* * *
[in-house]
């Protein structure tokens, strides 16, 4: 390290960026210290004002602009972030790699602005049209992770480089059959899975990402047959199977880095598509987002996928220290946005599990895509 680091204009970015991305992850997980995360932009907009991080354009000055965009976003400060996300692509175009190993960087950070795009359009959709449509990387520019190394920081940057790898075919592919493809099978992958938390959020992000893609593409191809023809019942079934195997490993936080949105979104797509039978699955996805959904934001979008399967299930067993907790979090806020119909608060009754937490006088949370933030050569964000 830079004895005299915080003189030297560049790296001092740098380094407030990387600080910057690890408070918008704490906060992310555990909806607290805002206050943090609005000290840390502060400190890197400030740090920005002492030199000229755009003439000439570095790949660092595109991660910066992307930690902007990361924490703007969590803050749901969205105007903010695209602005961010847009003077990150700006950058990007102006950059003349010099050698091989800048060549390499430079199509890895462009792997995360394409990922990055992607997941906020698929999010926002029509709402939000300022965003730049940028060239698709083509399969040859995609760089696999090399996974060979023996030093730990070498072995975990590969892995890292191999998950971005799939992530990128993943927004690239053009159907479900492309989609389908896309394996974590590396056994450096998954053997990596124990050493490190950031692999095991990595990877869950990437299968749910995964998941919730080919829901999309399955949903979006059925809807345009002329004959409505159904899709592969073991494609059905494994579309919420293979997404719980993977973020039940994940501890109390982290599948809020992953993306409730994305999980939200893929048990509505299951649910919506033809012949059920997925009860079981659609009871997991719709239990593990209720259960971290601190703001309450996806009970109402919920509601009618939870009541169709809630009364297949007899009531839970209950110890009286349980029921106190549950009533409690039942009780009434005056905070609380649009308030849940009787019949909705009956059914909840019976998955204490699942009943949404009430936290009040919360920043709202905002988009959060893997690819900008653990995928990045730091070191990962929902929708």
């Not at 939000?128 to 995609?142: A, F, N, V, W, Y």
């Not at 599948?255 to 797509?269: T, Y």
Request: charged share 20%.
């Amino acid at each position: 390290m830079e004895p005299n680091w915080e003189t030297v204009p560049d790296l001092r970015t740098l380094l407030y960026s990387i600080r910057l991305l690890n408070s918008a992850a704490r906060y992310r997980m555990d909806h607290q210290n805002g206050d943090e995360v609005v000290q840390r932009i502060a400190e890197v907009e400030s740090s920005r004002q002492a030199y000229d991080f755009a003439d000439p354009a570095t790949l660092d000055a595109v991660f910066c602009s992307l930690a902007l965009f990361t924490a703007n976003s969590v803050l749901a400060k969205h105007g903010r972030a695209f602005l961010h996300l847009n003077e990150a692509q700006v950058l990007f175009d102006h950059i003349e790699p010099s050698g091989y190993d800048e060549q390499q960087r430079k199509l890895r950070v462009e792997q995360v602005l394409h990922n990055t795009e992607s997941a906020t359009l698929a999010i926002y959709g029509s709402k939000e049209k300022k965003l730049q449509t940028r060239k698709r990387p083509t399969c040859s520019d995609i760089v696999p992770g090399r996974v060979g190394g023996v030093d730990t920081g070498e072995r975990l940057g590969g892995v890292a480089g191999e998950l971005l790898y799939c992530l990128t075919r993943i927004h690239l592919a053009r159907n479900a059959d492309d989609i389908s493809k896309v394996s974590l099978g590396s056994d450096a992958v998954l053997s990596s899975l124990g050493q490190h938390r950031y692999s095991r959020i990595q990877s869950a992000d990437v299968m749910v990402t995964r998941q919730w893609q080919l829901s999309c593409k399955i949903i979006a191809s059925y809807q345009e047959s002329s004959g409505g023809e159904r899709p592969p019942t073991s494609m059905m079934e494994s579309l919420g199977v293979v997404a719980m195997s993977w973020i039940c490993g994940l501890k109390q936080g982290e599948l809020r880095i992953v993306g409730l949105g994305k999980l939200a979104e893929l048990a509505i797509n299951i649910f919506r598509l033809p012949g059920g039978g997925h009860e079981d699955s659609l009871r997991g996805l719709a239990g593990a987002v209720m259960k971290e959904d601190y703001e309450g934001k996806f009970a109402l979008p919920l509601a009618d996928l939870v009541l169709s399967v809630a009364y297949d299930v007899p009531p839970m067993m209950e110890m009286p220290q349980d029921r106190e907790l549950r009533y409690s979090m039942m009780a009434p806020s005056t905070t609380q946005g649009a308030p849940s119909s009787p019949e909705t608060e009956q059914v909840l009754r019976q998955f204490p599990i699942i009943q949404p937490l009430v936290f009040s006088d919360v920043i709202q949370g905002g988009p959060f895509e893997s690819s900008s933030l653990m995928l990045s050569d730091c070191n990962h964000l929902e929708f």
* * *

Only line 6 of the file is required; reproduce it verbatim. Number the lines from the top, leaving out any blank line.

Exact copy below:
């Amino acid at each position: 390290m830079e004895p005299n680091w915080e003189t030297v204009p560049d790296l001092r970015t740098l380094l407030y960026s990387i600080r910057l991305l690890n408070s918008a992850a704490r906060y992310r997980m555990d909806h607290q210290n805002g206050d943090e995360v609005v000290q840390r932009i502060a400190e890197v907009e400030s740090s920005r004002q002492a030199y000229d991080f755009a003439d000439p354009a570095t790949l660092d000055a595109v991660f910066c602009s992307l930690a902007l965009f990361t924490a703007n976003s969590v803050l749901a400060k969205h105007g903010r972030a695209f602005l961010h996300l847009n003077e990150a692509q700006v950058l990007f175009d102006h950059i003349e790699p010099s050698g091989y190993d800048e060549q390499q960087r430079k199509l890895r950070v462009e792997q995360v602005l394409h990922n990055t795009e992607s997941a906020t359009l698929a999010i926002y959709g029509s709402k939000e049209k300022k965003l730049q449509t940028r060239k698709r990387p083509t399969c040859s520019d995609i760089v696999p992770g090399r996974v060979g190394g023996v030093d730990t920081g070498e072995r975990l940057g590969g892995v890292a480089g191999e998950l971005l790898y799939c992530l990128t075919r993943i927004h690239l592919a053009r159907n479900a059959d492309d989609i389908s493809k896309v394996s974590l099978g590396s056994d450096a992958v998954l053997s990596s899975l124990g050493q490190h938390r950031y692999s095991r959020i990595q990877s869950a992000d990437v299968m749910v990402t995964r998941q919730w893609q080919l829901s999309c593409k399955i949903i979006a191809s059925y809807q345009e047959s002329s004959g409505g023809e159904r899709p592969p019942t073991s494609m059905m079934e494994s579309l919420g199977v293979v997404a719980m195997s993977w973020i039940c490993g994940l501890k109390q936080g982290e599948l809020r880095i992953v993306g409730l949105g994305k999980l939200a979104e893929l048990a509505i797509n299951i649910f919506r598509l033809p012949g059920g039978g997925h009860e079981d699955s659609l009871r997991g996805l719709a239990g593990a987002v209720m259960k971290e959904d601190y703001e309450g934001k996806f009970a109402l979008p919920l509601a009618d996928l939870v009541l169709s399967v809630a009364y297949d299930v007899p009531p839970m067993m209950e110890m009286p220290q349980d029921r106190e907790l549950r009533y409690s979090m039942m009780a009434p806020s005056t905070t609380q946005g649009a308030p849940s119909s009787p019949e909705t608060e009956q059914v909840l009754r019976q998955f204490p599990i699942i009943q949404p937490l009430v936290f009040s006088d919360v920043i709202q949370g905002g988009p959060f895509e893997s690819s900008s933030l653990m995928l990045s050569d730091c070191n990962h964000l929902e929708f």